Another company that was denied a license to grow Maryland medical marijuana has filed a lawsuit against state cannabis regulators, this time alleging that they didn’t follow a law calling for racial diversity in the potentially lucrative industry.
The suit filed Monday by Alternative Medicine Maryland asks a Baltimore City Circuit Court judge to halt the burgeoning medical marijuana program until the Maryland Medical Cannabis Commission takes action to ensure racial and ethnic diversity among licensed growers.
Although the state’s medical marijuana legalization law calls for regulators to “actively seek to achieve” racial and ethnic diversity in awarding growing licenses, the commission did not consider the race of applicants.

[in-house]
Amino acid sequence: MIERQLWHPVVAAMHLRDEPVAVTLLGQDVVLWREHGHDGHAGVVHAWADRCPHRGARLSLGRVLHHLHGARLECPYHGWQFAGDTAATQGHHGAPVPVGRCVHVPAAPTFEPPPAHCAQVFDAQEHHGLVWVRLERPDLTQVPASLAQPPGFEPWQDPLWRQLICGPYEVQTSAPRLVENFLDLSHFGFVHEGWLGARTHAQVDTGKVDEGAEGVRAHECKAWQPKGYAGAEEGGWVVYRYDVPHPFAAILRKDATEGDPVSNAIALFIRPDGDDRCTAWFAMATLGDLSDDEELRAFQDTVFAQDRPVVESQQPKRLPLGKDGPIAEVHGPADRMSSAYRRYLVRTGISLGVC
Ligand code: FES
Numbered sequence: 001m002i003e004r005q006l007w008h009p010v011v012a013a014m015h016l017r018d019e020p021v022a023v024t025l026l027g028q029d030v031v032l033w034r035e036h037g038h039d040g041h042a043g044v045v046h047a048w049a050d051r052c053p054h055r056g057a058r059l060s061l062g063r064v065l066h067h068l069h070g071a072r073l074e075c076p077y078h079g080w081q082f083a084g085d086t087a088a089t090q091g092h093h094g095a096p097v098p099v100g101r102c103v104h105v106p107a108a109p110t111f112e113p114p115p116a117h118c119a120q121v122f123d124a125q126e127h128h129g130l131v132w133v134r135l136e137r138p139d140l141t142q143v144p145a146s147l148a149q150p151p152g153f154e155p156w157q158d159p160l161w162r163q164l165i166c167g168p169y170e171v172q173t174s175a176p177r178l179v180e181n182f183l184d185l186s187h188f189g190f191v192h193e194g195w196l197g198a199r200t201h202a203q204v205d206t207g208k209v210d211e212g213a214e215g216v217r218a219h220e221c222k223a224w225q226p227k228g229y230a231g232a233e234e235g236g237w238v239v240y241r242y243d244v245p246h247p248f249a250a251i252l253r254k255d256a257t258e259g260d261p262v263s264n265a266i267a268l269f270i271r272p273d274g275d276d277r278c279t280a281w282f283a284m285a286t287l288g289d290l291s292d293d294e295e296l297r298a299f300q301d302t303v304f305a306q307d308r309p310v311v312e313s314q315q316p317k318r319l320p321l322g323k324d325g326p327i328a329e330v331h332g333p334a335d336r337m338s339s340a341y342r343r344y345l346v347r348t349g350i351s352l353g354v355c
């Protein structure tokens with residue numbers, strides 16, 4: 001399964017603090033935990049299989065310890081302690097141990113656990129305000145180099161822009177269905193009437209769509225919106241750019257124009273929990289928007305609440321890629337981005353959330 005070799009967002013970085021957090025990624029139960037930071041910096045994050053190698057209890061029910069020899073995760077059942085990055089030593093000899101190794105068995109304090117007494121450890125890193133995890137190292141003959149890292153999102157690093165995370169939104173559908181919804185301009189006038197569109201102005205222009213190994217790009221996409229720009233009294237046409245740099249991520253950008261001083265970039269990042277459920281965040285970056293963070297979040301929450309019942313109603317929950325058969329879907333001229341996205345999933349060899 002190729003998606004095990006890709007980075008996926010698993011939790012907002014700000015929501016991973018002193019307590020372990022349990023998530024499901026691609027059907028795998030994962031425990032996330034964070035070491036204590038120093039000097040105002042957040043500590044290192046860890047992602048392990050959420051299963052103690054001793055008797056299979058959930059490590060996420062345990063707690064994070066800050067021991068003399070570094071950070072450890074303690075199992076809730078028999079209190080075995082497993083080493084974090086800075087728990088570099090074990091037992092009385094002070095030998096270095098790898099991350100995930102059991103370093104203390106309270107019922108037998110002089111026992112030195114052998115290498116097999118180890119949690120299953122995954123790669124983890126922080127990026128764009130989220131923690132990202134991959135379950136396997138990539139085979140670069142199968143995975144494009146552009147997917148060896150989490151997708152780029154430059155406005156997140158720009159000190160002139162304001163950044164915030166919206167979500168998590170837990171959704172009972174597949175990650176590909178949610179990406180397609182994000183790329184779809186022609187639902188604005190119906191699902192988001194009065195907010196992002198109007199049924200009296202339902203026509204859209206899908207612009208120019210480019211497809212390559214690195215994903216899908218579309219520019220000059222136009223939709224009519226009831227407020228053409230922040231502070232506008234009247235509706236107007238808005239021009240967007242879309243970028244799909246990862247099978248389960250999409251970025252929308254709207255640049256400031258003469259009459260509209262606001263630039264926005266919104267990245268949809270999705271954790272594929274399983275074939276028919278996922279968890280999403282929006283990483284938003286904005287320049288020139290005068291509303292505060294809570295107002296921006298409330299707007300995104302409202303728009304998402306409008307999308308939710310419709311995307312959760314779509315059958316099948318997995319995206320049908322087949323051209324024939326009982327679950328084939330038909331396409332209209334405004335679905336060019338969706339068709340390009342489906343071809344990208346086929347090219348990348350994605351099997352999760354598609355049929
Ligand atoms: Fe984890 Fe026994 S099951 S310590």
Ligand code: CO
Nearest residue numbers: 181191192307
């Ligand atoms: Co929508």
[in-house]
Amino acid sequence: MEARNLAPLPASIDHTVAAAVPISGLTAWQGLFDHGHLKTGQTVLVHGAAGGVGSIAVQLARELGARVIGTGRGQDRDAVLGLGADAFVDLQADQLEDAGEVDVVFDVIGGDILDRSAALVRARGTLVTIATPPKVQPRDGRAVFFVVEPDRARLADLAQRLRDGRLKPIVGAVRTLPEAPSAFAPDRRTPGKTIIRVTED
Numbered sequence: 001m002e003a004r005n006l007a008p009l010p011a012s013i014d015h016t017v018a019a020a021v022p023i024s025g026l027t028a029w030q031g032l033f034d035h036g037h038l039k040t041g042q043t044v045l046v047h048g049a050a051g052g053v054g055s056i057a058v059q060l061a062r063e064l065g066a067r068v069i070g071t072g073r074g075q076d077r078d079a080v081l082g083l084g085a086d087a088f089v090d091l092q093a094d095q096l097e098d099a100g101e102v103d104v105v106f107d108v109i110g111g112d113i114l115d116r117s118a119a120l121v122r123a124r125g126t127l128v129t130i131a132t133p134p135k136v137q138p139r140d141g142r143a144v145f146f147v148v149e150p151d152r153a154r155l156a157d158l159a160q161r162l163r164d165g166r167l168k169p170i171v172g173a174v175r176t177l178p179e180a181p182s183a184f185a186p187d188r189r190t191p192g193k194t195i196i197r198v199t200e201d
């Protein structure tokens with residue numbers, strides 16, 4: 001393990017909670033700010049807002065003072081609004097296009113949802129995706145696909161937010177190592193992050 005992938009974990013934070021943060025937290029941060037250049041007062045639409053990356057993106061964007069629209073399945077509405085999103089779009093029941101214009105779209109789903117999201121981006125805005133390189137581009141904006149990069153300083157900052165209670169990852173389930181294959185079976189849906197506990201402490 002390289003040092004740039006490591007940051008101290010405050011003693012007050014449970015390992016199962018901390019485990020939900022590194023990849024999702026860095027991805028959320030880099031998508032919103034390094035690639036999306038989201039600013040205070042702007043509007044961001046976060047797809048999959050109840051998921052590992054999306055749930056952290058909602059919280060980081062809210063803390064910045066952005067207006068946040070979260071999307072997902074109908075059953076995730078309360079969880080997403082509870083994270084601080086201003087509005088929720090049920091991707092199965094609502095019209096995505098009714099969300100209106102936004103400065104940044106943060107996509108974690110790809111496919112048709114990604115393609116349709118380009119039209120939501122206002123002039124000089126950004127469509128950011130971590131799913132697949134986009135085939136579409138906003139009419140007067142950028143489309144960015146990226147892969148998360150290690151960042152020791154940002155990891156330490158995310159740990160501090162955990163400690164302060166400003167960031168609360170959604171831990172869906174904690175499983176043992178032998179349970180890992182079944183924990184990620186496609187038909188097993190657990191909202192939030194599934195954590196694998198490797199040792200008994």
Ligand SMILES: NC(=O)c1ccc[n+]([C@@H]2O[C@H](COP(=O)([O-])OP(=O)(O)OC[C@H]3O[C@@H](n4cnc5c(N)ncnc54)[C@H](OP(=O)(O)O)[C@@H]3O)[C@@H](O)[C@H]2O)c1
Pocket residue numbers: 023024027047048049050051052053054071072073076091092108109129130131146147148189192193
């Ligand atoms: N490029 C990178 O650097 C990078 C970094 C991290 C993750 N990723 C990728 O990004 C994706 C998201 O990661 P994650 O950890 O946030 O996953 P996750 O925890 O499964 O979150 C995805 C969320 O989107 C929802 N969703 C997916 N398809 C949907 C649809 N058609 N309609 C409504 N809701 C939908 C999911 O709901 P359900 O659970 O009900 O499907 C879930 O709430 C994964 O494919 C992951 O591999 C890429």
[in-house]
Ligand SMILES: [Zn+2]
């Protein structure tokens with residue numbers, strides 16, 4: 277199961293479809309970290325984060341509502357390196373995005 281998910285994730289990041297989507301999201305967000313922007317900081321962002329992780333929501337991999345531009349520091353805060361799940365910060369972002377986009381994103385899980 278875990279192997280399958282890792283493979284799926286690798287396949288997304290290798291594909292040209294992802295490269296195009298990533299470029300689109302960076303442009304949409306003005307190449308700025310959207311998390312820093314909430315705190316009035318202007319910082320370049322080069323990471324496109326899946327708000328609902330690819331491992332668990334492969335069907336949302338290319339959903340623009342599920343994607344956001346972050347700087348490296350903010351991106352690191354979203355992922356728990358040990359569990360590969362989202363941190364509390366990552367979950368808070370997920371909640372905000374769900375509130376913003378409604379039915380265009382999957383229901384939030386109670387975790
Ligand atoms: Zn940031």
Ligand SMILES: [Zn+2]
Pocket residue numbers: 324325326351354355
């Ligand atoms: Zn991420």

The agency cited a letter from the attorney general’s office that suggested that taking race into account would be unconstitutional. But the attorney general’s office has since said regulators could have commissioned a racial disparity study in similar industries to justify allowing racial preferences.
None of the 15 companies that in August were given preliminary approval to grow medical marijuana are led by African Americans. The Legislative Black Caucus of Maryland plans to introduce emergency legislation to address the issue, possibly by restarting the application process or authorizing additional licenses to minority-owned companies.